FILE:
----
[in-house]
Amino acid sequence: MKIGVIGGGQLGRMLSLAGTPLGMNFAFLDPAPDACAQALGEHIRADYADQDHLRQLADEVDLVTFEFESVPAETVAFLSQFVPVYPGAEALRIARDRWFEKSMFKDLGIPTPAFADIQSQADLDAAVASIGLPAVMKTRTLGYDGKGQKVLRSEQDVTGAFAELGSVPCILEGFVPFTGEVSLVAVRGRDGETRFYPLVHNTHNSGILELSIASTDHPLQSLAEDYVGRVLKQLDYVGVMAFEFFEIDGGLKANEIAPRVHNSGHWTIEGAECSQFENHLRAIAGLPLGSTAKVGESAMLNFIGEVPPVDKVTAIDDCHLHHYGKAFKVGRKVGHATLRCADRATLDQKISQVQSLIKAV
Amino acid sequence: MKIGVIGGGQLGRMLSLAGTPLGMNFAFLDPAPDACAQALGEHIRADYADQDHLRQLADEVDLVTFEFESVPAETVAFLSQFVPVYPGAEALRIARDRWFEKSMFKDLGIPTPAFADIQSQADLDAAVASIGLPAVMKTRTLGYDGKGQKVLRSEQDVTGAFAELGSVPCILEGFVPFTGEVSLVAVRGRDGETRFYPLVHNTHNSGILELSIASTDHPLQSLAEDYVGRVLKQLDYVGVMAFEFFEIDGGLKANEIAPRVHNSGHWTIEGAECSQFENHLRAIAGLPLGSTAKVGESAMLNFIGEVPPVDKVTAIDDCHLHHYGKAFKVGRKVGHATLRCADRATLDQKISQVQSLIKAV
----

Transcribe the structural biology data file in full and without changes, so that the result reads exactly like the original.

[in-house]
Amino acid sequence: MKIGVIGGGQLGRMLSLAGTPLGMNFAFLDPAPDACAQALGEHIRADYADQDHLRQLADEVDLVTFEFESVPAETVAFLSQFVPVYPGAEALRIARDRWFEKSMFKDLGIPTPAFADIQSQADLDAAVASIGLPAVMKTRTLGYDGKGQKVLRSEQDVTGAFAELGSVPCILEGFVPFTGEVSLVAVRGRDGETRFYPLVHNTHNSGILELSIASTDHPLQSLAEDYVGRVLKQLDYVGVMAFEFFEIDGGLKANEIAPRVHNSGHWTIEGAECSQFENHLRAIAGLPLGSTAKVGESAMLNFIGEVPPVDKVTAIDDCHLHHYGKAFKVGRKVGHATLRCADRATLDQKISQVQSLIKAV
Amino acid sequence: MKIGVIGGGQLGRMLSLAGTPLGMNFAFLDPAPDACAQALGEHIRADYADQDHLRQLADEVDLVTFEFESVPAETVAFLSQFVPVYPGAEALRIARDRWFEKSMFKDLGIPTPAFADIQSQADLDAAVASIGLPAVMKTRTLGYDGKGQKVLRSEQDVTGAFAELGSVPCILEGFVPFTGEVSLVAVRGRDGETRFYPLVHNTHNSGILELSIASTDHPLQSLAEDYVGRVLKQLDYVGVMAFEFFEIDGGLKANEIAPRVHNSGHWTIEGAECSQFENHLRAIAGLPLGSTAKVGESAMLNFIGEVPPVDKVTAIDDCHLHHYGKAFKVGRKVGHATLRCADRATLDQKISQVQSLIKAV